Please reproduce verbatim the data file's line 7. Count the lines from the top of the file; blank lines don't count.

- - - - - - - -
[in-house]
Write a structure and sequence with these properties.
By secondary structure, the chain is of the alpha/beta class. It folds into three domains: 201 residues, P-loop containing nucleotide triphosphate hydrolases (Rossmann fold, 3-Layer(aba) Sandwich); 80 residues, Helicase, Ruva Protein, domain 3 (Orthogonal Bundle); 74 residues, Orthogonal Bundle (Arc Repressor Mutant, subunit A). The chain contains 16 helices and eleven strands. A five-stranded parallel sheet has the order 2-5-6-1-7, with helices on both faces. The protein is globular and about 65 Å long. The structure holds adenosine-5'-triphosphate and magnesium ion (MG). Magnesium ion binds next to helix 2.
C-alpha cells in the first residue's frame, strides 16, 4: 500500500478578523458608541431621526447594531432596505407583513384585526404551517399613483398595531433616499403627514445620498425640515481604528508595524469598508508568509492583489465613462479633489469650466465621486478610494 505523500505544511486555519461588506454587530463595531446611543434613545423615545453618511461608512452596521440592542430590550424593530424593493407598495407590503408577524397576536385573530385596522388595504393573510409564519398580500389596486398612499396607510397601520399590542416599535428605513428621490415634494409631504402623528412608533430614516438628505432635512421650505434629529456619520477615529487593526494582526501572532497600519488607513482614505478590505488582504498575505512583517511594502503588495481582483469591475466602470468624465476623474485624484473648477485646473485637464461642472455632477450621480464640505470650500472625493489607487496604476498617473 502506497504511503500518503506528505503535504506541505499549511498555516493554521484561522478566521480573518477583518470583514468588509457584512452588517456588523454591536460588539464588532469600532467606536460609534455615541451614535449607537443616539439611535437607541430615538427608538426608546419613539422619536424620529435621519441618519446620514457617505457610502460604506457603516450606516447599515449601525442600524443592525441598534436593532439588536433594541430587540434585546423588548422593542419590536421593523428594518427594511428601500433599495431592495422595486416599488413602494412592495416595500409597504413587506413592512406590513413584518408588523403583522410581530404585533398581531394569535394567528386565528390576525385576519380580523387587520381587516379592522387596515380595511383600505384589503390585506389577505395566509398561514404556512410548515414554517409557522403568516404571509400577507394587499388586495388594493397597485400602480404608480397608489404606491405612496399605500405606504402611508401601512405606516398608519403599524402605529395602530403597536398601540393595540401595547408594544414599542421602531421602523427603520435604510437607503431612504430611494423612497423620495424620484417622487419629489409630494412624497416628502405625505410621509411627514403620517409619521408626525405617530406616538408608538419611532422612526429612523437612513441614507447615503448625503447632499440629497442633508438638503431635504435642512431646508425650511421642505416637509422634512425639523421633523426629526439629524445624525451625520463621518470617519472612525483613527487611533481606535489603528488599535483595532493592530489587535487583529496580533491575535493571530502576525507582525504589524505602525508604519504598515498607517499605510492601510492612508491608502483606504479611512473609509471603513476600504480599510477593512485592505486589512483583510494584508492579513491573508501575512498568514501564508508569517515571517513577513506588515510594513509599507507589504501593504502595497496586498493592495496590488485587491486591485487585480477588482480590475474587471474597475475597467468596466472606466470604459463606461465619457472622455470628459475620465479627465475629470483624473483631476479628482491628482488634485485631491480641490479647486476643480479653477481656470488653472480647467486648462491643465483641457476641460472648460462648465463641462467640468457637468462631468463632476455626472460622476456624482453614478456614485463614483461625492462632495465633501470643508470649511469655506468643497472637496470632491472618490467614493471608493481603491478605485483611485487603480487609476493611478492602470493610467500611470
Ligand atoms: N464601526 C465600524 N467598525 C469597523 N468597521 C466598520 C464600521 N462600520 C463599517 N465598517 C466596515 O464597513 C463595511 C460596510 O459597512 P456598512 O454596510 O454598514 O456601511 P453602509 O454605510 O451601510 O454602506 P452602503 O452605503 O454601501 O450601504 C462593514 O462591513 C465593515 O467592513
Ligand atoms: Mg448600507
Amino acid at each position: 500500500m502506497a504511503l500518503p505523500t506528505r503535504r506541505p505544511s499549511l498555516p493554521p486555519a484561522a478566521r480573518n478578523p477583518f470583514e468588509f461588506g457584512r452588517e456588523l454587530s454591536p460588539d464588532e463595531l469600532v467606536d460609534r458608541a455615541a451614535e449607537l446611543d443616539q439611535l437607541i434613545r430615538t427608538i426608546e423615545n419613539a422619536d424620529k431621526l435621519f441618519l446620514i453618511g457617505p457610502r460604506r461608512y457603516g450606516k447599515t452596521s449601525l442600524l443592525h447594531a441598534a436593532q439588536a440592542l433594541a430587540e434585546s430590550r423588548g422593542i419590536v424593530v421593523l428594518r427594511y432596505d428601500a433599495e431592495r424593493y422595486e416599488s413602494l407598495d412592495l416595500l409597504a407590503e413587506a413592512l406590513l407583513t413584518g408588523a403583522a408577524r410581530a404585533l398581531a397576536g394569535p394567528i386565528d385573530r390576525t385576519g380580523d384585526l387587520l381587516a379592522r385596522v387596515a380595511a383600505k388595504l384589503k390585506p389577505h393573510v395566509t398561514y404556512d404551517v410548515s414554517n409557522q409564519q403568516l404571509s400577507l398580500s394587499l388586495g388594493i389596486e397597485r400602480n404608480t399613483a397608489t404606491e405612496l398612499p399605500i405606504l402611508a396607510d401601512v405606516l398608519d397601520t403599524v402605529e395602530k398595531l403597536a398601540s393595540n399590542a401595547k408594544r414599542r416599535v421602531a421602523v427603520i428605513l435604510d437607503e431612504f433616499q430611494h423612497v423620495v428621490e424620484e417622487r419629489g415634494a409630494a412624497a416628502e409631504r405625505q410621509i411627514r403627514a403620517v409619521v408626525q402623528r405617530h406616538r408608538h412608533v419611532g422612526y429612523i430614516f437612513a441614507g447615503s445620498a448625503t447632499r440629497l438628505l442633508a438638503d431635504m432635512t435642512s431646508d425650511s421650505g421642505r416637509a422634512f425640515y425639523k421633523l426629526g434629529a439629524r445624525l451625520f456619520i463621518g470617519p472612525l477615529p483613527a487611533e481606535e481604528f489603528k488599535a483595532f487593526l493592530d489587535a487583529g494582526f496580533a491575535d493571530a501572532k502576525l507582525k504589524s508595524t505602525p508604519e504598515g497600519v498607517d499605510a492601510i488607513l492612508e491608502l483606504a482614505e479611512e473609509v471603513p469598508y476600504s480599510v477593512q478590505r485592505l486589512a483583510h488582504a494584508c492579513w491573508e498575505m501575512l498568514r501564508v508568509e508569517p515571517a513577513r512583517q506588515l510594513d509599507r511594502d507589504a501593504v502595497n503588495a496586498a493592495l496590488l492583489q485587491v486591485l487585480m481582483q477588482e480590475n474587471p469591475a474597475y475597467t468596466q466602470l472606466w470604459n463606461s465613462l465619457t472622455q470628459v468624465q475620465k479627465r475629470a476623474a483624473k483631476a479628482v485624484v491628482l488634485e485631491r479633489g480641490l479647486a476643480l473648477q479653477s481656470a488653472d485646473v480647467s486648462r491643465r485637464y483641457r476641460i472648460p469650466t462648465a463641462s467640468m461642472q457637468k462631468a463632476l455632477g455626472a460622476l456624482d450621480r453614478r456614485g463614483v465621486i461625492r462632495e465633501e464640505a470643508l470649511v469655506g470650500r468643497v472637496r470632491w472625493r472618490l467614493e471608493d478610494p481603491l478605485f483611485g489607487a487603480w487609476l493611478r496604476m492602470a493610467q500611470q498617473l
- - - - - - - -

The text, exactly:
Amino acid at each position: 500500500m502506497a504511503l500518503p505523500t506528505r503535504r506541505p505544511s499549511l498555516p493554521p486555519a484561522a478566521r480573518n478578523p477583518f470583514e468588509f461588506g457584512r452588517e456588523l454587530s454591536p460588539d464588532e463595531l469600532v467606536d460609534r458608541a455615541a451614535e449607537l446611543d443616539q439611535l437607541i434613545r430615538t427608538i426608546e423615545n419613539a422619536d424620529k431621526l435621519f441618519l446620514i453618511g457617505p457610502r460604506r461608512y457603516g450606516k447599515t452596521s449601525l442600524l443592525h447594531a441598534a436593532q439588536a440592542l433594541a430587540e434585546s430590550r423588548g422593542i419590536v424593530v421593523l428594518r427594511y432596505d428601500a433599495e431592495r424593493y422595486e416599488s413602494l407598495d412592495l416595500l409597504a407590503e413587506a413592512l406590513l407583513t413584518g408588523a403583522a408577524r410581530a404585533l398581531a397576536g394569535p394567528i386565528d385573530r390576525t385576519g380580523d384585526l387587520l381587516a379592522r385596522v387596515a380595511a383600505k388595504l384589503k390585506p389577505h393573510v395566509t398561514y404556512d404551517v410548515s414554517n409557522q409564519q403568516l404571509s400577507l398580500s394587499l388586495g388594493i389596486e397597485r400602480n404608480t399613483a397608489t404606491e405612496l398612499p399605500i405606504l402611508a396607510d401601512v405606516l398608519d397601520t403599524v402605529e395602530k398595531l403597536a398601540s393595540n399590542a401595547k408594544r414599542r416599535v421602531a421602523v427603520i428605513l435604510d437607503e431612504f433616499q430611494h423612497v423620495v428621490e424620484e417622487r419629489g415634494a409630494a412624497a416628502e409631504r405625505q410621509i411627514r403627514a403620517v409619521v408626525q402623528r405617530h406616538r408608538h412608533v419611532g422612526y429612523i430614516f437612513a441614507g447615503s445620498a448625503t447632499r440629497l438628505l442633508a438638503d431635504m432635512t435642512s431646508d425650511s421650505g421642505r416637509a422634512f425640515y425639523k421633523l426629526g434629529a439629524r445624525l451625520f456619520i463621518g470617519p472612525l477615529p483613527a487611533e481606535e481604528f489603528k488599535a483595532f487593526l493592530d489587535a487583529g494582526f496580533a491575535d493571530a501572532k502576525l507582525k504589524s508595524t505602525p508604519e504598515g497600519v498607517d499605510a492601510i488607513l492612508e491608502l483606504a482614505e479611512e473609509v471603513p469598508y476600504s480599510v477593512q478590505r485592505l486589512a483583510h488582504a494584508c492579513w491573508e498575505m501575512l498568514r501564508v508568509e508569517p515571517a513577513r512583517q506588515l510594513d509599507r511594502d507589504a501593504v502595497n503588495a496586498a493592495l496590488l492583489q485587491v486591485l487585480m481582483q477588482e480590475n474587471p469591475a474597475y475597467t468596466q466602470l472606466w470604459n463606461s465613462l465619457t472622455q470628459v468624465q475620465k479627465r475629470a476623474a483624473k483631476a479628482v485624484v491628482l488634485e485631491r479633489g480641490l479647486a476643480l473648477q479653477s481656470a488653472d485646473v480647467s486648462r491643465r485637464y483641457r476641460i472648460p469650466t462648465a463641462s467640468m461642472q457637468k462631468a463632476l455632477g455626472a460622476l456624482d450621480r453614478r456614485g463614483v465621486i461625492r462632495e465633501e464640505a470643508l470649511v469655506g470650500r468643497v472637496r470632491w472625493r472618490l467614493e471608493d478610494p481603491l478605485f483611485g489607487a487603480w487609476l493611478r496604476m492602470a493610467q500611470q498617473l